First 50 Pages: I immediately really liked the setting of the story. Lost Girls takes place during the Vietnam War, but there weren't too many references back to that time period. I almost wished that the author would have included more of that era into this book because this book could almost be read as a contemporary. I also liked the fact that the story is based on a true event. One thing I will say that I didn't like is that the book synopsis gives far too much away. When one of the characters dies right in the beginning of the story, it didn't affect me at all because I knew that it was coming because the synopsis told me so. I did however, like the way that the book was written. The story is told in the form of journal entries, which is always a hit or miss. With this book, it somehow works and I liked gaining a perspective into the mind of the main protagonist. It was different and I enjoyed it.
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2 of 2 people found the following review helpful By Andrea Thompson on July 30, 2012
Format: Hardcover
I'll just come out and say it, I didn't like LOST GIRLS. So, to spare you and myself, I'll make this short.

I can't even give a definite reason to back that up, either, which makes me feel like a jerk. It's odd, really, since I typically love survival stories. LOST is maybe my favorite show ever, and I even loved Castaway. I think the reason I didn't like LOST GIRLS is the narrative. The entire story is told through the eyes of Bonnie, a teenage girl living in Southeast Asia during the Vietnam War. The story read as a "stream of consciousness" which is a hit-or-miss for me. Bonnie is by turns horrified, hysterical, numb, detached and angry. All of those reactions are understandable, but it made reading the story a chore for me. Oh, and there was a scene that was total "WTF"-ery for me. It was bizarre, surreal, and unexplained.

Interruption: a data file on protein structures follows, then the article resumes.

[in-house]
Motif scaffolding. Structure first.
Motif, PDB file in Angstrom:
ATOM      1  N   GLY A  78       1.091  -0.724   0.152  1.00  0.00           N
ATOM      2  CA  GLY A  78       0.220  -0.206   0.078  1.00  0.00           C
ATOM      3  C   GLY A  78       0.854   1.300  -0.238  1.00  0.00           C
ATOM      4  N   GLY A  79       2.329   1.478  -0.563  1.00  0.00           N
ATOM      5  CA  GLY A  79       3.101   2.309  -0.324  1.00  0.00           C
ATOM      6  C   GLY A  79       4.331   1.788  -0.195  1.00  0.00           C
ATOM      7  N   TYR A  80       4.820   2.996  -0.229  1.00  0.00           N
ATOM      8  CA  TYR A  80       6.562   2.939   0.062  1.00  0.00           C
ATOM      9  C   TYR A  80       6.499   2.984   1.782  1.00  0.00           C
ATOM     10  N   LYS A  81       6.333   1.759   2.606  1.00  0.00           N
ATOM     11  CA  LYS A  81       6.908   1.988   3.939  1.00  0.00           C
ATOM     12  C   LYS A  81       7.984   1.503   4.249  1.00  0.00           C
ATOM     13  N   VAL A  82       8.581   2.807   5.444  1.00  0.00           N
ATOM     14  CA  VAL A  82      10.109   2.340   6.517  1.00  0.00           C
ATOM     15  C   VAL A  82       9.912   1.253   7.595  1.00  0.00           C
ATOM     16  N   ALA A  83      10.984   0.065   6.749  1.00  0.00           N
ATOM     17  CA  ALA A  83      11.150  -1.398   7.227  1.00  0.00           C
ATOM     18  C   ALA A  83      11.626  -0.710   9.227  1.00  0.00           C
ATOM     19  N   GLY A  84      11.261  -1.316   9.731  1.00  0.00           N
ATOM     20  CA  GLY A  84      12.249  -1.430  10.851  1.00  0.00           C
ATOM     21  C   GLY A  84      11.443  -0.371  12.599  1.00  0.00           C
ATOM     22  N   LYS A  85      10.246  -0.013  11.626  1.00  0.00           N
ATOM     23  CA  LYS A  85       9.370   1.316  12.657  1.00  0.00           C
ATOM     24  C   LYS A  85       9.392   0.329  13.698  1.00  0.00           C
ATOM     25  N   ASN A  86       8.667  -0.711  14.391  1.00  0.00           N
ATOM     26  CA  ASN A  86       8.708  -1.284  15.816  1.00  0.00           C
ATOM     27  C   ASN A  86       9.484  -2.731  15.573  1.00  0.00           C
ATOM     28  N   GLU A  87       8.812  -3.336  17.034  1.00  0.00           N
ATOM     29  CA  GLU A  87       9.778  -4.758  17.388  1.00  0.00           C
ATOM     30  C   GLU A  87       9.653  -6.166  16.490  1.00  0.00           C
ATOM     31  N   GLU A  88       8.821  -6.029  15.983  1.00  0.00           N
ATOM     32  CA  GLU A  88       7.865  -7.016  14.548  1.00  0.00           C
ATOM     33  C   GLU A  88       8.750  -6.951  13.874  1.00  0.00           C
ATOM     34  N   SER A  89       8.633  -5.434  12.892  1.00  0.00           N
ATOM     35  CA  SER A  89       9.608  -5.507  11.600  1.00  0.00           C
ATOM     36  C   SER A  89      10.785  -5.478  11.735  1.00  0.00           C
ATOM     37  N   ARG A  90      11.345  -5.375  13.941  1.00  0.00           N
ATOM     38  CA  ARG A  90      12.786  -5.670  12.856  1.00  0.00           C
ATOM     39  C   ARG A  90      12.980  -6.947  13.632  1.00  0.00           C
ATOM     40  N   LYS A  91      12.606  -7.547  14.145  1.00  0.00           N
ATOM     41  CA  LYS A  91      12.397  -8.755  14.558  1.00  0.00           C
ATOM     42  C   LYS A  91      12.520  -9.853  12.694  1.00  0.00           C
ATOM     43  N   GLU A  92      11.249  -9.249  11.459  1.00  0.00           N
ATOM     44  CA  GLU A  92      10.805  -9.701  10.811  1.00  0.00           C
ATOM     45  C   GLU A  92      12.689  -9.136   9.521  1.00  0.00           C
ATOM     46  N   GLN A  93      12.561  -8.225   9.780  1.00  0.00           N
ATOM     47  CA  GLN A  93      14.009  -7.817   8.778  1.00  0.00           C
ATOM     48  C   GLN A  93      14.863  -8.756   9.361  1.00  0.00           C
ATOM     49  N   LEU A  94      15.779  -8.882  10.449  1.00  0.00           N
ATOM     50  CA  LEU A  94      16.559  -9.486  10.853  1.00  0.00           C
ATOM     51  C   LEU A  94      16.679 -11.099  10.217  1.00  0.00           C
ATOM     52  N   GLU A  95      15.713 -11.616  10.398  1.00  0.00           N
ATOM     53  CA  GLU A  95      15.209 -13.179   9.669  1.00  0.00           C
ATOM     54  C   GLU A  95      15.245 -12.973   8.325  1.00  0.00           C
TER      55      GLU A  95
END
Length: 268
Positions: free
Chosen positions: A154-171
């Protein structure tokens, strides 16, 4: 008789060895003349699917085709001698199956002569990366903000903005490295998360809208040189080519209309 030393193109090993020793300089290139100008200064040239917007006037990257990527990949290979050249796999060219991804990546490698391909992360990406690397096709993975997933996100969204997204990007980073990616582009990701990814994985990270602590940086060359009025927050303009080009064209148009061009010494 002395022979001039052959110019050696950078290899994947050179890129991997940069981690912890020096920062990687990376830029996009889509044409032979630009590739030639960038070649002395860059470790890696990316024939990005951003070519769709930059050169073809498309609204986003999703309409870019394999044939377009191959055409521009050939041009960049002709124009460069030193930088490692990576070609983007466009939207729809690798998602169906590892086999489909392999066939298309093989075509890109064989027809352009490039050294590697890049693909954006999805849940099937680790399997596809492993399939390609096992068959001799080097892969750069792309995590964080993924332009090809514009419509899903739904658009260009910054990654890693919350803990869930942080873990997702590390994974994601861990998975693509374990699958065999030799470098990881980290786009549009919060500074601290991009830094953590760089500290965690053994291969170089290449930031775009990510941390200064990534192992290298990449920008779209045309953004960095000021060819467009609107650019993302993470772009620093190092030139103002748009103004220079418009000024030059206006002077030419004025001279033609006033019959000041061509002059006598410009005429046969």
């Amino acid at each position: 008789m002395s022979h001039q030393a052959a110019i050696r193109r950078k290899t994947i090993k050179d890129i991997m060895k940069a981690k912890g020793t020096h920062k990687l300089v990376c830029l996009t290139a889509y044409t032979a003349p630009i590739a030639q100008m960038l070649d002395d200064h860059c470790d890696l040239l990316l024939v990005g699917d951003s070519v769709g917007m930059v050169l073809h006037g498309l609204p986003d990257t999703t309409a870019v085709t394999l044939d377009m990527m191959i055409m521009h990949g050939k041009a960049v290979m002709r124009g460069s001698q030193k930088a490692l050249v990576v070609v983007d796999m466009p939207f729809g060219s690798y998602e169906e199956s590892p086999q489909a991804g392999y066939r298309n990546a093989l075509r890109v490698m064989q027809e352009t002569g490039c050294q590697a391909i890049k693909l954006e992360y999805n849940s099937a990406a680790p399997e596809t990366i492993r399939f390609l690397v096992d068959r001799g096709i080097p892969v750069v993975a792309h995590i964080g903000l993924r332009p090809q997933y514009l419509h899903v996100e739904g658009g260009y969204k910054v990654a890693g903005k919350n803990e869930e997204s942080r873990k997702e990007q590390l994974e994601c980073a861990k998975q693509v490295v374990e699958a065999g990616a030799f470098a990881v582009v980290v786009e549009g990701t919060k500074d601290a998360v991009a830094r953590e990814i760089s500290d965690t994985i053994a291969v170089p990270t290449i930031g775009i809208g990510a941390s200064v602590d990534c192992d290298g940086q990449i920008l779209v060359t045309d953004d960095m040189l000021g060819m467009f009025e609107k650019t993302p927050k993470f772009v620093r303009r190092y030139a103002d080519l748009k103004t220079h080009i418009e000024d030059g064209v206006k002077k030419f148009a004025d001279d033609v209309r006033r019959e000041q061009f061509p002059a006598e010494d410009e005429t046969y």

I will say this for LOST GIRLS, the author didn't sugar coat the story at all. The girls endured horrific circumstances, realistic dangers, and extreme brutality in their living conditions. So while this made for fairly gross scenarios, I appreciate the author made the story as realistic as possible.

LOST GIRLS just wasn't the book for me. If this had been a book that I happened to pick up, rather than received from the publisher, I wouldn't have finished it. I also kept reading because I wanted to know if the girls were rescued, and who survived. This was not due to an investment in the characters, but simple curiosity. I hate that I felt that way, since I'm usually an empathetic reader, but there you have it.
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2 of 2 people found the following review helpful By Yara Santos on July 18, 2012
Format: Hardcover
The story is about a group of Amelia Earhart cadets, young daughters of those Americans stationed in Thailand during the Vietnam War. The group of young cadets were heading out excitedly on a camping trip to an island off the coast, when they are caught up in a raging storm. The boatman manages to steer them to the nearest island, although he refuses to set foot on it even with the waters overcoming the small boat. He deposits the group of girls and their one chaperon, Mrs. Campbell, on the island and steers right back to the mainland. Leaving the girls to imagine they'd be picked up in 3 days time, as planned.

Our narrator is fourteen year old, Bonnie. I felt she had such presence among the group. She can be annoyingly indecisive, but considering the situation and her age, it's easy to get past. As for Mrs. Campbell, the only adult accompanying the group of girls on the trip, she's useless in every way. She drinks the liquor she stashed in her bag rather than disinfect one girl's injury and smokes joints she brought on the trip, even encouraging a couple of the girls to smoke with her. Bonnie and her best friend, Jas, were the ones that kept the group in motion and in survival mode.

In the first couple of chapters, there is a loss that caught me so off guard it made me suddenly teary when I realized what happened. The scenarios the girls find themselves in are written so realistically that you can almost feel the grit of the sand in your mouth along with them. You can hear the squeals of the wild boars and monkeys on that island. This story was all about survival. The chapters were scattered with entries from Bonnie's personal journal that she kept while stranded.